Just a week after the burial, Chief is already in distress as his foreign partners were calling for him to remit the proceeds of the last shipment to him before a new consignment would be sent. Chief told them to be patient with him as he just finished the burial of his mother, while also urging them to send another consignment so he can pay double for the next batch. As he dropped the call, he turned to his neighbour in the market and said, “rapu ndiochaa, fa makwanu ife anako”, meaning; don’t mind these white people, do they know how much it costs to host a burial ceremony? His neighbour concurred that this aspect of their tradition was above the white man’s understanding, and proceeded to hail him over the success of the ceremony, saying “Chief, e bu Odogwu”, meaning Chief is a warrior.
These and many more are some of the things the people of South-eastern Nigeria face in the burial of their loved ones. Burial ceremonies have become a test of one’s might, and these have left many families in pains as they will do anything to ensure that their relatives were buried amidst expensive ceremonies as a show of their wealth. While many borrow, others sell off assets that could form a shield for them in rainy days, just to conduct burials. Many others have at most times been caught and paraded for stealing, and they confessed to engaging in such acts to raise money to bury loved ones.
These may have been reasons for the recent fight for the abolition of expensive burials by the Catholic Bishop of Awka Diocese, Most Rev. Dr. Paulinus Ezeokafor. Ezeokafor, a modest clergyman has been in the forefront canvassing for the abolition of expensive burials, and has recently taken his campaign a notch higher. Last year, the campaign led to the abolition of preparation of food, printing of invitation cards, brochures or distribution of souvenirs at burials of relatives of priests and other religious parishes in the diocese.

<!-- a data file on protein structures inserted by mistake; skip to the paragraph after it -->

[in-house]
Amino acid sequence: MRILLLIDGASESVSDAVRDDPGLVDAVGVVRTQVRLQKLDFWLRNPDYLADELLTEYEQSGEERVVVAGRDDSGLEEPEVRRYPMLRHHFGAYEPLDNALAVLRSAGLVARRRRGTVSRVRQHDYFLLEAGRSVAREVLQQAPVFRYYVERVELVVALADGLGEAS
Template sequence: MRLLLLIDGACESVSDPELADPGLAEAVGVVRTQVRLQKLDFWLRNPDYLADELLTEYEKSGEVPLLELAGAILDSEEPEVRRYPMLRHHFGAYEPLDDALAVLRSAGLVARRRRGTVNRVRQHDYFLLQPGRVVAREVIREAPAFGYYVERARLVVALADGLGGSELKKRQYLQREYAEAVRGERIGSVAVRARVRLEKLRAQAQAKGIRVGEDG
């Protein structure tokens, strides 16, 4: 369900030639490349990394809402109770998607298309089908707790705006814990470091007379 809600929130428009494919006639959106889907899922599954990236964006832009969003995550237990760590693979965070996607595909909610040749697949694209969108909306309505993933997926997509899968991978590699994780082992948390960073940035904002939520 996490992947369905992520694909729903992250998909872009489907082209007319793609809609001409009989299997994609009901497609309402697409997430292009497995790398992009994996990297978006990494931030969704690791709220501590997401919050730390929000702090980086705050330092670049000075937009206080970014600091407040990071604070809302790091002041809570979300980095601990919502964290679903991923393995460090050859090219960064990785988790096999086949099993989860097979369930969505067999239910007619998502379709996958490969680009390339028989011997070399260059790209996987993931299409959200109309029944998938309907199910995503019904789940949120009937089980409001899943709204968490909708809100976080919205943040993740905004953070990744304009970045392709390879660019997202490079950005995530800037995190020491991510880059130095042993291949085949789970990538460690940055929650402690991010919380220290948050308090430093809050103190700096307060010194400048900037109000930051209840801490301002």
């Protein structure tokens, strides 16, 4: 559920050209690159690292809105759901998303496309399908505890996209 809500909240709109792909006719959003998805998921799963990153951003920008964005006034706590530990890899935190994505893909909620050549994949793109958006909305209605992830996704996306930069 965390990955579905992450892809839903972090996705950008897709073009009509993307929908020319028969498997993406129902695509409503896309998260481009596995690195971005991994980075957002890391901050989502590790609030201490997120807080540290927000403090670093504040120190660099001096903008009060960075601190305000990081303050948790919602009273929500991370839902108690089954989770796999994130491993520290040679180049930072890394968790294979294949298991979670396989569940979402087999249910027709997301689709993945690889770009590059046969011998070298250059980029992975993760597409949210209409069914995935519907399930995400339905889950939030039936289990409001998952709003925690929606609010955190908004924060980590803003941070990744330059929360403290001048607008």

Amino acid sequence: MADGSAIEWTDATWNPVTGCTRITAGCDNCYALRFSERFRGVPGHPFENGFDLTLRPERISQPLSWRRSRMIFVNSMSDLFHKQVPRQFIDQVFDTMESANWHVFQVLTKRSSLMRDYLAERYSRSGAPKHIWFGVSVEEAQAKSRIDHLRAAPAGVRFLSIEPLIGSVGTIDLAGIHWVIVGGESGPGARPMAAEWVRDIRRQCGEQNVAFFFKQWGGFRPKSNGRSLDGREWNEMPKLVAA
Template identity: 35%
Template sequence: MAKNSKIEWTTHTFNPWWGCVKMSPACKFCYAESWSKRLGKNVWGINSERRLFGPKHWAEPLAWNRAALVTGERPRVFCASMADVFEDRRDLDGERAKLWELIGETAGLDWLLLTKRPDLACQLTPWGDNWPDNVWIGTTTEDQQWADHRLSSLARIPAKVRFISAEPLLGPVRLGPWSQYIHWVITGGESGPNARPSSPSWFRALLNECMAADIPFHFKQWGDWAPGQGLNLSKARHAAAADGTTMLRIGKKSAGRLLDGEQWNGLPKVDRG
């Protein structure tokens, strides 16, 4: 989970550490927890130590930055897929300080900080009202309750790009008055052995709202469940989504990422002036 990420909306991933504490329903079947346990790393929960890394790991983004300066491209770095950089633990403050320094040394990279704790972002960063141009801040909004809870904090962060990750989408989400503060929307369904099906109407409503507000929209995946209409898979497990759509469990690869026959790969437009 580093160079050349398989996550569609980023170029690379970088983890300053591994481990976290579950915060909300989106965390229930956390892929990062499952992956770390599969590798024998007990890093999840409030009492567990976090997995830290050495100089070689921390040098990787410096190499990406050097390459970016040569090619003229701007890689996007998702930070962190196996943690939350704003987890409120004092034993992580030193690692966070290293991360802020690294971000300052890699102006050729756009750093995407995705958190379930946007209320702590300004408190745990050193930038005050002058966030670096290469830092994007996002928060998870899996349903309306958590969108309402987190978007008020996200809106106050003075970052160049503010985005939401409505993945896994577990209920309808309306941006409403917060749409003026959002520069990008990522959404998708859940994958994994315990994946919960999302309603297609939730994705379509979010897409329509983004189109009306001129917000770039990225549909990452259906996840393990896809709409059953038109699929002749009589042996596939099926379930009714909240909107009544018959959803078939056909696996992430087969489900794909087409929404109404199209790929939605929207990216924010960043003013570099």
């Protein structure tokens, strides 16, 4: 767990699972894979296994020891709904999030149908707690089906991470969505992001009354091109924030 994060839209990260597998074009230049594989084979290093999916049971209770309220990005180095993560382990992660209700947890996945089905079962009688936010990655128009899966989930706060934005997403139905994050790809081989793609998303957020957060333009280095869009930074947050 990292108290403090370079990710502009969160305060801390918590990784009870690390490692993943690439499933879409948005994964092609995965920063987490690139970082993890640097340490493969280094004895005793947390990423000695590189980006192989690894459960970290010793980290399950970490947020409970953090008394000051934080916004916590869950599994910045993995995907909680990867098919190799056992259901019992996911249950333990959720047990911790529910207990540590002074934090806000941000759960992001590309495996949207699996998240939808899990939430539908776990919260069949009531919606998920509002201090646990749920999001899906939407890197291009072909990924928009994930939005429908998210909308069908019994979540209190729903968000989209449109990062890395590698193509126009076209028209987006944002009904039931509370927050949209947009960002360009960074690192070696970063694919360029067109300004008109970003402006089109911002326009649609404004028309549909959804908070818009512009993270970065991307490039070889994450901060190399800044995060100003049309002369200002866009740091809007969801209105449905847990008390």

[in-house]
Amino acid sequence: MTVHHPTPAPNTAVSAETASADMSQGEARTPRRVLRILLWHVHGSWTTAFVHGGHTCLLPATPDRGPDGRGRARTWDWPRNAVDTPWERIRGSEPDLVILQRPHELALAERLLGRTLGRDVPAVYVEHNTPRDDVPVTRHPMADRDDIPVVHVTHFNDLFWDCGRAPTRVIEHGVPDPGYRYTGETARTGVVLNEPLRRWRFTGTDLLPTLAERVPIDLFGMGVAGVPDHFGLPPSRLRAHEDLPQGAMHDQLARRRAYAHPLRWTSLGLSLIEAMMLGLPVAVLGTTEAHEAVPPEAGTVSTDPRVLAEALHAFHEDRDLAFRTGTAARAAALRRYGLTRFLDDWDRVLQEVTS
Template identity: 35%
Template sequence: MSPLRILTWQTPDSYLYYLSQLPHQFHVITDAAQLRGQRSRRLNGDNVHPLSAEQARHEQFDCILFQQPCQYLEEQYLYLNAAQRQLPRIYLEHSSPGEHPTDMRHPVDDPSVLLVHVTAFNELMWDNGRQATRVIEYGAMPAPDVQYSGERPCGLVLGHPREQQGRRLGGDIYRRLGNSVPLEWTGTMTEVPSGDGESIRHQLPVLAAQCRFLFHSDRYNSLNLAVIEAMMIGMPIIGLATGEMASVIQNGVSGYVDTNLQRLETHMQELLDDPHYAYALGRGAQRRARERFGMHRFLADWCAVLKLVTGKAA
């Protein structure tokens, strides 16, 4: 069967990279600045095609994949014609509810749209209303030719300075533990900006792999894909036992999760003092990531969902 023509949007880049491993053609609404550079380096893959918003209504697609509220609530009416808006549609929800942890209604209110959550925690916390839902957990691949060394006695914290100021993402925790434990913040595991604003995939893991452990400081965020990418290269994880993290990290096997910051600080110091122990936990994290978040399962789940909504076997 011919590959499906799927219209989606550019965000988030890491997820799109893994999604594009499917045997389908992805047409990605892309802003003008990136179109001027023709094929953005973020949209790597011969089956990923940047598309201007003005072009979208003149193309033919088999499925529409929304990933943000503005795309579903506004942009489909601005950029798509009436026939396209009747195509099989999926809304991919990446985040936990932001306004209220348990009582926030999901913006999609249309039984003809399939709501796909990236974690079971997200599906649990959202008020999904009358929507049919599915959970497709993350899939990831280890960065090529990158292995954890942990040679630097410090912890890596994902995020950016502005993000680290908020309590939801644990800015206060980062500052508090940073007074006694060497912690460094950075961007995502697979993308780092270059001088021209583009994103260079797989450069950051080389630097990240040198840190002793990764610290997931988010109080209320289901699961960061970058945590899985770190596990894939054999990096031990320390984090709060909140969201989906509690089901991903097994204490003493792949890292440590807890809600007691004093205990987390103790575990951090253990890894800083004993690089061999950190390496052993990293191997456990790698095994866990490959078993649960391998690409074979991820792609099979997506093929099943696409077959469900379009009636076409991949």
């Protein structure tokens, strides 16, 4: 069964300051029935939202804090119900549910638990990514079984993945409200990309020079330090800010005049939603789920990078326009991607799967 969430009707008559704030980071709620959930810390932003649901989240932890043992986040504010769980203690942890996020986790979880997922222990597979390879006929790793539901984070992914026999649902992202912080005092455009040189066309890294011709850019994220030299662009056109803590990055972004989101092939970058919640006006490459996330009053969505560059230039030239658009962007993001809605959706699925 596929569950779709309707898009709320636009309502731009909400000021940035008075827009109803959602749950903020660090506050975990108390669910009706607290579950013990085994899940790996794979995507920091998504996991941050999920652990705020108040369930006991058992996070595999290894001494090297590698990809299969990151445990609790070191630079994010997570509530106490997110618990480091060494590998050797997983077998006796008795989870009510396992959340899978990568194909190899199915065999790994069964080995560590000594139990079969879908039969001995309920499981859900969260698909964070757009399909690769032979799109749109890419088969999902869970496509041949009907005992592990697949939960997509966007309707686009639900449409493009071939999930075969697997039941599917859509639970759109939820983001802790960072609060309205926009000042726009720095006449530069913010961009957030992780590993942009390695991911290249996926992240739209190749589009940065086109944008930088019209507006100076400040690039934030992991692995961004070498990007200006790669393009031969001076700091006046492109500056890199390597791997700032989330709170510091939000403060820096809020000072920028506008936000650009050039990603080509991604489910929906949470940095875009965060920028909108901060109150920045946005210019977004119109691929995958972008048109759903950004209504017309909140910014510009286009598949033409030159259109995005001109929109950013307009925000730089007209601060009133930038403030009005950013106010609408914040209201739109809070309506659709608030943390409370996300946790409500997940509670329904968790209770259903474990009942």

The Bishop may have found a willing ally as recently, the Anambra State House of Assembly had joined the campaign. A bill sponsored by the member representing Anaocha II State Constituency, Hon. Charles Ezeani had sought to regulate the expenses in burial ceremonies. Ezeani said he was moved to sponsor the bill having carefully studied and found out that burial ceremonies now constitute 60-70 per cent of social gathering. He said he also found that 98 per cent of those who were given such expensive burials never enjoyed expensive outings from those who spent on the burial ceremony. He added that such ostentatious ceremonies have plunged many families into difficulty, hence the need to regulate them.
The bill which has passed it first and second reading recently had a public hearing, where Anambra indigenes added their voices to the call. Ezeokafor, who was the key resource person at the public hearing supported the bill, and gave reasons why it should be done away with.
Ezeokafor, while addressing the lawmakers expressed gratitude to the member representing Nnewi South 1 and the Chairman, House Committee on Information, Culture and Tourism, Hon. Kingsley Iruba who convened the public hearing for appointing him as a key resource person on the public hearing on the above mentioned bill. He said the extravagance displayed by the people during funeral ceremonies in the state had reached a point that necessitated an effective legislation to control the excesses, noting that if it remained unchecked, it would lead people into pitiable situations and bondage.